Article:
Evaluating evaluation Introducing a research project on the impact of Improve Your Library: A Self‐Evaluation Process for School Libraries

Evaluating evaluation Introducing a research project on the impact of Improve Your Library: A... Purpose – The aim of this article is to investigate the nature of use and impact of the Improve Your Library self‐evaluation process on school libraries and their integration into whole‐school development planning for pupil learning. Design/methodology/approach – The research is structured in two phases. Phase one seeks to map levels, patterns and experiences of use by those responsible for the library within schools and to establish the nature of support needed for librarians from school library services and training providers. Phase two will track schools in detail to explore the extent of difference the process may have on library integration into the wider school self‐evaluation, development priorities and planning, and on library contribution to pupil reading and learning. Findings – Preliminary investigations indicate that there is considerable diversity in current evaluation practice and in expectations of the Improve Your Library toolkits. There is a need for a national vehicle for sharing individual library experience to inform reflective practice. Research limitations/implications – The research focused on English schools. Successful delivery of the intended case banks of practice examples is dependent on a good range of schools being willing to share their experience. Practical implications – Training and support needs and networks will be identified for providers and practitioners. Practical experience will be made available to librarians, school management and policy‐makers. Originality/value – This is a timely evaluation of the first unified system of library self‐evaluation across English schools within the context of a new approach to whole‐school evaluation. It will provide librarians with a means of sharing and comparing experiences in the absence of a formalised benchmarking system for school libraries and contribute to a national picture of school library activity and priorities. http://www.deepdyve.com/assets/images/DeepDyve-Logo-lg.png Aslib Proceedings: New Information Perspectives Emerald Publishing

Evaluating evaluation Introducing a research project on the impact of Improve Your Library: A Self‐Evaluation Process for School Libraries

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Publisher
Emerald Publishing
Copyright
Copyright © 2006 Emerald Group Publishing Limited. All rights reserved.
ISSN
0001-253X
DOI
10.1108/00012530610648680
Publisher site
See Article on Publisher Site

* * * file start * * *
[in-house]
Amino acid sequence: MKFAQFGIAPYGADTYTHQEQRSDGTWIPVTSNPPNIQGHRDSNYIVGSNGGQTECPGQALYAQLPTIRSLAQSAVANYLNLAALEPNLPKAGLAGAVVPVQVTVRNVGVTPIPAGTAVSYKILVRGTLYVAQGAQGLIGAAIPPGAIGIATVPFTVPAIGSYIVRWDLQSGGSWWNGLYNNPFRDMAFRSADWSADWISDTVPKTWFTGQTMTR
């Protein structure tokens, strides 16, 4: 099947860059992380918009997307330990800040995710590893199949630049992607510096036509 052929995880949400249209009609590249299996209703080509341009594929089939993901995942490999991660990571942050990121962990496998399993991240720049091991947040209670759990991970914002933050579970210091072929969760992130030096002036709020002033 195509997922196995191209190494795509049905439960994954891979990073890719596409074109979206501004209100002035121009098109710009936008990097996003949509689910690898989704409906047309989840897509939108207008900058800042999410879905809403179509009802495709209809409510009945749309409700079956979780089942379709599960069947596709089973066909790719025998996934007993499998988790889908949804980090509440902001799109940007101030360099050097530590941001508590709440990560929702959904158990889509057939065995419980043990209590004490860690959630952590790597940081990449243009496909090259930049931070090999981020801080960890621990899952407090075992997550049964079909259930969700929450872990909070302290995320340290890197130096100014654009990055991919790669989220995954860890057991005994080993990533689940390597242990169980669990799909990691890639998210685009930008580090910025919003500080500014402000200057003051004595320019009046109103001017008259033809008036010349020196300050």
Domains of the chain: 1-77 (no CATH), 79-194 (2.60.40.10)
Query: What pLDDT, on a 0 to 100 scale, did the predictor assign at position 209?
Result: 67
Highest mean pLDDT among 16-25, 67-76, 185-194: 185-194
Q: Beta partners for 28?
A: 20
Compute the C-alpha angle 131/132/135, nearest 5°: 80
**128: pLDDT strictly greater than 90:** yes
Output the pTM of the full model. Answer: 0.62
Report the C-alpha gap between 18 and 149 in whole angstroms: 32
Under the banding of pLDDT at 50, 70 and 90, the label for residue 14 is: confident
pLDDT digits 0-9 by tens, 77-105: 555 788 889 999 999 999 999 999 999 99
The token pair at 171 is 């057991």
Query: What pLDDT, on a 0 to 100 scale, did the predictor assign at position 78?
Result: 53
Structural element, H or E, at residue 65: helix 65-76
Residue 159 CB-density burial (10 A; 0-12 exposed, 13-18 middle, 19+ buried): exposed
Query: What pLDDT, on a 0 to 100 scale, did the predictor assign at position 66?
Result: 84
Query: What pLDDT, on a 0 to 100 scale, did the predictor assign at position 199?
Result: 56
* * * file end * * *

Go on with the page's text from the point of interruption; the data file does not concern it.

Abstract

Purpose – The aim of this article is to investigate the nature of use and impact of the Improve Your Library self‐evaluation process on school libraries and their integration into whole‐school development planning for pupil learning. Design/methodology/approach – The research is structured in two phases. Phase one seeks to map levels, patterns and experiences of use by those responsible for the library within schools and to establish the nature of support needed for librarians from school library services and training providers. Phase two will track schools in detail to explore the extent of difference the process may have on library integration into the wider school self‐evaluation, development priorities and planning, and on library contribution to pupil reading and learning. Findings – Preliminary investigations indicate that there is considerable diversity in current evaluation practice and in expectations of the Improve Your Library toolkits. There is a need for a national vehicle for sharing individual library experience to inform reflective practice. Research limitations/implications – The research focused on English schools. Successful delivery of the intended case banks of practice examples is dependent on a good range of schools being willing to share their experience. Practical implications – Training and support needs and networks will be identified for providers and practitioners. Practical experience will be made available to librarians, school management and policy‐makers. Originality/value – This is a timely evaluation of the first unified system of library self‐evaluation across English schools within the context of a new approach to whole‐school evaluation. It will provide librarians with a means of sharing and comparing experiences in the absence of a formalised benchmarking system for school libraries and contribute to a national picture of school library activity and priorities.

Journal

Aslib Proceedings: New Information PerspectivesEmerald Publishing

Published: Jan 1, 2006

Keywords: Schools; School libraries; Information centres; Project evaluation; England

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